How many gallons of gas did you use on your last trip into the big city?
In this extended video road test, I took a 2013 Ford C-MAX Energi from Central New Jersey into mid-town Manhattan. I experimented with the Energi’s EV Now and EV Later modes to see how it reacted on backroads and Interstate highways, as well as in New York City traffic. The trip started with the battery showing 18 miles of charge. The fifty-odd mile route resulted in a 61 MPG result – easily the most fuel efficient trip I’ve ever taken into NYC.
The C-MAX Energi plug-in hybrid has a pure electric range of approximately twenty-one miles when fully charged. While the stated EPA mile per gallon (MPG) estimates are 108 city / 92 highway – compared to 47 / 47 for the standard C-MAX – gas mileage results will always vary, depending on route and distance. 100+ MPGs will only be seen on shorter trips.
Folks often ask me, “what’s the ‘greenest’ car?” This is one of my favorite questions, because it can spur deeper conversation. Some people are shocked when I reply that the ‘greenest’ car is a recycled car. “Wait a minute,” comes the typical response, “a used car … for real?”
They often expect that I would answer with “oh, a (insert the most common name here) hybrid or an electric car (like the one that’s caught the tech world’s fancy that real world folks can’t afford).” Truth be told, 40 mile per gallon (MPG) cars are nothing new. You can find a ten or fifteen year old Honda Civic HX or Volkswagen TDI on eBay that will get 40 MPG on the highway. The older VW Jetta, Golf, Passat, and Beetle TDIs can even run on 100 domestic renewable biodiesel. Vintage Mercedes-Benz diesels can run on biodiesel as well, and they can all be converted to run on recycled fryer grease. There are great bargains to be found on fuel-efficient Saturns, too …
Oh Lord, won’t you buy me an old fryer-grease-powered Mercedes-Benz. All my friends slobber over Teslas, I must make amends …
There’s a common misconception among drivers that all hybrid vehicles are sluggish, unresponsive, and generally not fun to drive from a sporting perspective. While that may be historically true, the tide is changing. The latest crop of hybrids contains a bunch of cars with plenty of ‘get up and go’ to go along with that fuel-stingy technology.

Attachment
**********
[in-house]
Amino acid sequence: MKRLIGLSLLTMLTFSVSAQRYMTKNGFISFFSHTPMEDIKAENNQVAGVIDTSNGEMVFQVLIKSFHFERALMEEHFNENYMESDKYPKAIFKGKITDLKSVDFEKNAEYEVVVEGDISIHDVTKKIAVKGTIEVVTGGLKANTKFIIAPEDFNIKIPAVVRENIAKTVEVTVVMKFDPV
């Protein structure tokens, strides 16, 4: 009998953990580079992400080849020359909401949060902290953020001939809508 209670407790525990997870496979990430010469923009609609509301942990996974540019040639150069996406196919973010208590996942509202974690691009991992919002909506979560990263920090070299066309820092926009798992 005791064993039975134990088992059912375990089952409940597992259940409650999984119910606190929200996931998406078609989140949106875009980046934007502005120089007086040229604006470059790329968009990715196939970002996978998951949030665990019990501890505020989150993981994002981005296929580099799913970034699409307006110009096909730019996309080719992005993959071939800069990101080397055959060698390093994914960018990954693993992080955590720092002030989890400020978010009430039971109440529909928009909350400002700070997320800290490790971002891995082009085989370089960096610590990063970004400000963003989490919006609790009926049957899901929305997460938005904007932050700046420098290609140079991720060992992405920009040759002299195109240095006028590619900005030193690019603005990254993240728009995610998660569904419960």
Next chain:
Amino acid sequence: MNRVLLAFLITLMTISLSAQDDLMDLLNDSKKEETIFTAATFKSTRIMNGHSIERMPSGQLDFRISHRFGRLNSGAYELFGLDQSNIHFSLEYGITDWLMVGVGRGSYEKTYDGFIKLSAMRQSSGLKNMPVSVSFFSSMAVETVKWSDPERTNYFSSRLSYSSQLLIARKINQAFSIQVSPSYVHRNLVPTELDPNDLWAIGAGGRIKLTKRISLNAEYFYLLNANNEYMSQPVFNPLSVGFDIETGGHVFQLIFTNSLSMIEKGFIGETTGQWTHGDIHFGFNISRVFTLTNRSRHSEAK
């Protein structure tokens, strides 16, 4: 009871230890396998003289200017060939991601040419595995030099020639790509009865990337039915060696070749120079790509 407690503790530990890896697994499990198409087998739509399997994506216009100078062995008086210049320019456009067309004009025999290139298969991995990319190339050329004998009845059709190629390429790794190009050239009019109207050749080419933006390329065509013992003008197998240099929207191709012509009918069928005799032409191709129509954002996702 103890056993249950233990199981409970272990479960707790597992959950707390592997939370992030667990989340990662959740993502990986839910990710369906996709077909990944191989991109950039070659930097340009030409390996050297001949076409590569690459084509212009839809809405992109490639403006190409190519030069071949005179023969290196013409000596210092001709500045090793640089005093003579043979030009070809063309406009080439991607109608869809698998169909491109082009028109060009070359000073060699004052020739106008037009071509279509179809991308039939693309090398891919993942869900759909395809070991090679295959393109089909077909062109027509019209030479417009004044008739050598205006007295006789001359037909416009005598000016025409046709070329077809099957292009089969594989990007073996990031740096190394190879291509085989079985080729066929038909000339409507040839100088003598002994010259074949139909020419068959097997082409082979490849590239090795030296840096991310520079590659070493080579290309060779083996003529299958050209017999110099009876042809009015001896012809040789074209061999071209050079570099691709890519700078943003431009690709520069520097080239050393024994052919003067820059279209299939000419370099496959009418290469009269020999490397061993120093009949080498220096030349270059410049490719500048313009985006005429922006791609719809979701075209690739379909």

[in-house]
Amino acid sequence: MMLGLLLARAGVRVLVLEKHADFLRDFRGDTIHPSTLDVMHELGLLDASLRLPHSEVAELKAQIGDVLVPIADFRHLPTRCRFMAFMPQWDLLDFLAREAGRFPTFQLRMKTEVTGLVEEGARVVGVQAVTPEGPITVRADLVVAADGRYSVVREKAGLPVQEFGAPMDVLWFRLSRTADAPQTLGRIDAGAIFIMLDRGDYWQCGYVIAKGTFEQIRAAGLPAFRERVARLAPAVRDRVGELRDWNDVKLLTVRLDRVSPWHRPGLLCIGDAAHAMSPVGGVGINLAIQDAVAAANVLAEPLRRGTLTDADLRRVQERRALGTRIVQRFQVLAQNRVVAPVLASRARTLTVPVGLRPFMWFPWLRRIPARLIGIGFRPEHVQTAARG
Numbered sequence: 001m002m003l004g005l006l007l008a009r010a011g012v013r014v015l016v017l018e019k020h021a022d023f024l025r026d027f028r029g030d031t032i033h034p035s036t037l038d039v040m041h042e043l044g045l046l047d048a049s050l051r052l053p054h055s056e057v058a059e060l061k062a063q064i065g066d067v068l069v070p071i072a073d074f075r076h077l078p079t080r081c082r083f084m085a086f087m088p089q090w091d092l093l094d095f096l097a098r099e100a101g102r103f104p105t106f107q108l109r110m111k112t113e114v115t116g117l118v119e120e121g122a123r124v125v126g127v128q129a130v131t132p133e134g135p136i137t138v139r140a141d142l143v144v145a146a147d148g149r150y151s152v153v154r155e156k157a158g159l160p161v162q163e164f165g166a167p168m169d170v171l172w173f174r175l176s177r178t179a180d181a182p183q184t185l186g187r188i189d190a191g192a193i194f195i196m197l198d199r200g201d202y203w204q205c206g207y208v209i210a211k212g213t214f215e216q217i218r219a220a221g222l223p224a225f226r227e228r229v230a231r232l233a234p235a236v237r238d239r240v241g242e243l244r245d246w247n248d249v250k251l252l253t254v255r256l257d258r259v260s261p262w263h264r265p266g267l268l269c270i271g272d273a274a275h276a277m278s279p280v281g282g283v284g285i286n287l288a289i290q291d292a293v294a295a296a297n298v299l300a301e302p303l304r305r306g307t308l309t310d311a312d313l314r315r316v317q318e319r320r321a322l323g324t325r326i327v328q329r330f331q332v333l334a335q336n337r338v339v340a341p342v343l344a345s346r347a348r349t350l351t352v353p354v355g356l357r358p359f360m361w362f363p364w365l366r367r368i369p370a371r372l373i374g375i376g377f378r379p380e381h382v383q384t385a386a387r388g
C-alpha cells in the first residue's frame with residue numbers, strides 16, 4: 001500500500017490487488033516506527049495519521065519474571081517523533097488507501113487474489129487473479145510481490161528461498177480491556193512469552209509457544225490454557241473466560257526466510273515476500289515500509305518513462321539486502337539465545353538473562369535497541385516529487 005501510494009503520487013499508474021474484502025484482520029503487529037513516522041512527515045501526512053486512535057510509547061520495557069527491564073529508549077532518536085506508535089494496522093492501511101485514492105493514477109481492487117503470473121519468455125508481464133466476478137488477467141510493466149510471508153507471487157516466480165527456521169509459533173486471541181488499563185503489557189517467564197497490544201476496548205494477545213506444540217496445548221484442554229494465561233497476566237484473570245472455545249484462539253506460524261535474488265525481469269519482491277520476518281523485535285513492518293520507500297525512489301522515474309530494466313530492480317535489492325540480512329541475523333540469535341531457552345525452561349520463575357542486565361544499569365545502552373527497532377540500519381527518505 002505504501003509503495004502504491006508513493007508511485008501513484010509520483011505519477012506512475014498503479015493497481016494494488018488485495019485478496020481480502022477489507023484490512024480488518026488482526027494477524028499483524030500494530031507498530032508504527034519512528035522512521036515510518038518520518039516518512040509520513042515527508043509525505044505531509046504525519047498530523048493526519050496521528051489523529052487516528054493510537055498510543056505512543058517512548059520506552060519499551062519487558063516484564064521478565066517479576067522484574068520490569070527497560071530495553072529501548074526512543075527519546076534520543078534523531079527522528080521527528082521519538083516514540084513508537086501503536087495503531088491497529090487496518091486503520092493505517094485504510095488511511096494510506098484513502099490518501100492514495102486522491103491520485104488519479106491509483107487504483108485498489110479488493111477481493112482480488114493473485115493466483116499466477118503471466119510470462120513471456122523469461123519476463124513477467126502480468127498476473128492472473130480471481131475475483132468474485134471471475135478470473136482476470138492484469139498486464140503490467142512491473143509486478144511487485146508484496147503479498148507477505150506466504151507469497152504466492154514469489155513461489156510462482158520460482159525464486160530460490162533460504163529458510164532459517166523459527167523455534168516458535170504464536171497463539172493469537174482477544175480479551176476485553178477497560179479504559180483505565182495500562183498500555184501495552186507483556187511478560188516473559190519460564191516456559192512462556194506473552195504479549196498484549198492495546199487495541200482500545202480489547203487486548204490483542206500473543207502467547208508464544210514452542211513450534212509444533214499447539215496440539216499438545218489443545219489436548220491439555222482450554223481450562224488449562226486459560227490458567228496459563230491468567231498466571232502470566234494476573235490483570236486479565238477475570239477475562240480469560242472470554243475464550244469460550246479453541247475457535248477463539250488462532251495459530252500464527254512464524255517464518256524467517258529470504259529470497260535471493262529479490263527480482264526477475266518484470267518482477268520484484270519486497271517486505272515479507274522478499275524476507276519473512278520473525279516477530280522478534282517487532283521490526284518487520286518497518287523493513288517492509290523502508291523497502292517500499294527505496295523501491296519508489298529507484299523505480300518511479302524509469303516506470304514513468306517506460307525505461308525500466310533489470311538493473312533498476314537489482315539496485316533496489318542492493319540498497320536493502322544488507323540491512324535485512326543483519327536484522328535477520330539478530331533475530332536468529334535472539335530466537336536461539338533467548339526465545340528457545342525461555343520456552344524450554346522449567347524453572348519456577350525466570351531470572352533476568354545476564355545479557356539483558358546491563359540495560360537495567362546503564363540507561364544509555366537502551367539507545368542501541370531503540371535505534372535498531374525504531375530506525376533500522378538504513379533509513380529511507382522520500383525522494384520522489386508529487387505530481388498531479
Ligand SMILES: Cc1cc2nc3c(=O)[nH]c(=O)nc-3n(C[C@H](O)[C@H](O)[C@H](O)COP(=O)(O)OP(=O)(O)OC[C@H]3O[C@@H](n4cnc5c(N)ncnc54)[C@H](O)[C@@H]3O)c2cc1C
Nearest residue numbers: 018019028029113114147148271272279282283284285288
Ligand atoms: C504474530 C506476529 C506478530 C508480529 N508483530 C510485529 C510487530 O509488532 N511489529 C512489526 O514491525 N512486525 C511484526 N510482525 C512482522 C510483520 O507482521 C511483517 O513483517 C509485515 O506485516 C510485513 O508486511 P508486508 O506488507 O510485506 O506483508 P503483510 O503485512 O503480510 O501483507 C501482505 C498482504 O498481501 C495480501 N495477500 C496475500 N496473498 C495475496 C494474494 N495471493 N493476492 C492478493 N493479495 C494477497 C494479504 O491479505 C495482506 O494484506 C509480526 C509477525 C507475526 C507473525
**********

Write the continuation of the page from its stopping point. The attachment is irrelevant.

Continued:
When most people think of hybrid cars, the Toyota Prius is the first model that comes to mind. Introduced to America near the turn of the century, more than a million Prius have been sold in the United States. It’s hugely popular in California and among the environmentally conscious and spendthrifts alike.
MPG-o-Matic 2013 Ford C-MAX SEL Hybrid Review Summary:While it falls short of the mark in cold weather and high speed fuel-efficiency, the Ford C-MAX dominates on every other front. Controversy aside, the C-MAX rolls a respectable level of performance, a solid ride, plenty of comfort, ample technology, and a remarkably roomy interior in a compelling package. Ford touts that the C-MAX is “the fastest-selling hybrid ever at launch, with 8,030 sales in its first two full months on the market in October and November.”
I’m in the midst of an extended two-week test of the 2013 Ford C-Max Hybrid. Given all the brouhaha in the press lately, I decided to post our fuel economy testing notes, with details on each of the driving segments.
I picked up the C-Max in New York City on the evening of Monday, December 3. The first test run left Manhattan through the Holland Tunnel to the New Jersey Turnpike South to Route 78 West to Route 287 North to Route 202 South, before hitting local streets. I didn’t discover the EcoCruise setting until the highway segment was complete.
1) 12/3 NYC -> Home / Evening – approx 60 miles, 41.8 MPG HVAC on driver + 2 passengers EcoCruise off Target Speed 68, mix of cruise/no cruise, headlamps
The next day, I set out to replicate the high MPG back road/small town cruise that scored exceptionally well with the 2012 Prius C earlier this year. I was able to echo those results.